02/23/2020: Where Do You Find God?

02/23/2020: Where Do You Find God?

Exodus 24:12-18
Matthew 17: 19
A Sermon by Reverend Gretchen J. Switzer

I started out my sermon this week with the question that became the sermon title: “Where do you find God?” But as I began writing, I realized that was not the truest question that we need to ask ourselves. We must begin with a more basic question: “Where do you look for God?” Or do you look for God?

I’ve known church members over the years who came to church faithfully every Sunday morning to look for God. They listen to the scripture and the sermon, they pray (kind of) and sing some hymns and figure whether they have “felt” God or not, this is the only place where God is to be found.

Obviously, since I have “Reverend” in front of my name, I must believe that God reveals divinity and power in worship. And yes, I do believe that, but I do not believe that church is the only place we can see or experience or recognize God. The bible teaches, and I believe, that God is communicating to all of us in every moment of our lives in innumerable ways!! God is speaking our names to communicate with us. I also believe that very, very few of us listen well enough to hear what god is saying to us. And for most of us, sometimes we hear god and sometimes we don’t.

After we learned of Ted Berkeley’s death, Barbara Stietzel sent me a sermon he had preached here at Federated Church, titled “The Birds Will Sing Again.” In that message, Ted talked about how in deep winter, “there is a period of time in the world of nature when winter grabs hold of New England with cold, icy fingers and things become black, and barren, and lifeless, and most of the birds go away, so that we don’t hear them singing anymore.”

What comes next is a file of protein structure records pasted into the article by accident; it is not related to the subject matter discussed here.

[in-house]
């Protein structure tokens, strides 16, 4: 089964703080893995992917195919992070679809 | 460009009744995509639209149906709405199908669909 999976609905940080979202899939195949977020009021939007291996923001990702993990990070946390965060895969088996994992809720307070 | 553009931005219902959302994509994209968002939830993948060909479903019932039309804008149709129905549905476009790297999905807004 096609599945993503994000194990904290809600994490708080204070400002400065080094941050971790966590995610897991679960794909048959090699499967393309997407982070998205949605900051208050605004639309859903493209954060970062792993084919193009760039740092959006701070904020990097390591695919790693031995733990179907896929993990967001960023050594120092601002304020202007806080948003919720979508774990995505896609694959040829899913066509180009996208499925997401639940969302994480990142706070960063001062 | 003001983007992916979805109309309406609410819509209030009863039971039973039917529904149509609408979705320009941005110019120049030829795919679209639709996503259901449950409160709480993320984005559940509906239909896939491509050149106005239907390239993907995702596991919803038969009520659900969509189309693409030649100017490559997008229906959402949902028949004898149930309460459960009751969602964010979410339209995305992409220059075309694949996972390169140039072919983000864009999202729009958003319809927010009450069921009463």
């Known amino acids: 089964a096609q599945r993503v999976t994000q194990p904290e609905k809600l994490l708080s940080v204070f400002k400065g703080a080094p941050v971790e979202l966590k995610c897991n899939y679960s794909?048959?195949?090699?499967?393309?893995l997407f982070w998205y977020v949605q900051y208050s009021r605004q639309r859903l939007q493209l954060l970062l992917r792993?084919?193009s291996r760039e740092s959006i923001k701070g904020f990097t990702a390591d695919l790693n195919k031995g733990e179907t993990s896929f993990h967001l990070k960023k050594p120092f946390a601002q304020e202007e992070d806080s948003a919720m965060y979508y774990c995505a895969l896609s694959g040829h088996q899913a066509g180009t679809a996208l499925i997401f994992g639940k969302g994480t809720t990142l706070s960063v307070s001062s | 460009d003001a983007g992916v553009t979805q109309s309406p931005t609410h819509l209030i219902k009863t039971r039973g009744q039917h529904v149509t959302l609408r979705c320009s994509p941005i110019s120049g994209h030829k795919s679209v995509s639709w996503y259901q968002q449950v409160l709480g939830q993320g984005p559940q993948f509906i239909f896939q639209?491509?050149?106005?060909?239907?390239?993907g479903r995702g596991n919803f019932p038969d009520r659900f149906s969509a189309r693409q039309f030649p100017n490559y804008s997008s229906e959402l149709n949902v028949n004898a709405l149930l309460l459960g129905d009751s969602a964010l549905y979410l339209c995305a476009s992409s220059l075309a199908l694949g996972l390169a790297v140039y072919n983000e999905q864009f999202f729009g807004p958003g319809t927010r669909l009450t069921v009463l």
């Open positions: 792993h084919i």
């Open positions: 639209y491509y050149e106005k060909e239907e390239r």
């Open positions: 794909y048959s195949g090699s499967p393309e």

But, Ted says, “There is always the promise of Spring, and for many it’s a source of great comfort and hope and reassurance to realize that the birds will sing again.” But we have to listen to hear them!”

The problem, I think, is that we have not taught ourselves to seek God everywhere we look or listen for God in every moment. We do not accept God’s assurance that in the deep dark moments of our lives, there will always be a sunrise and a bustling world and yes, the birds will sing again.

The challenge, I think, is that we have not taught ourselves to look for God everywhere we look, or listen for God’s voice in every moment. We come to church, we might read the bible and we may pray when things in our lives become difficult, but what we fail to do is focus our minds and our hearts and our eyes and our souls on actually looking for Jesus in our midst. The thing is that Jesus is here! – He could be sitting beside you in that pew this very moment, or pushing you silently in a certain direction as you try to make a decision in your life. He is the one keeping your knees from buckling when you feel like you could fall down and give up. But if you are not looking for Jesus. If you are not putting any energy into hearing His voice, if you are not actively seeking His involvement in your life, then you might never hear the birds sing or have the kind of experience Moses and Elijah and Peter, James and John got to have. We could be missing so much love and so very many blessings and understandings because we are not actively expecting them or seeking them out.

Now I am not saying that any of that is easy. It’s a lot of work. It takes discipline enough and faith enough to truly believe that God is talking to you and touching you and guiding you even when you may not be aware of it.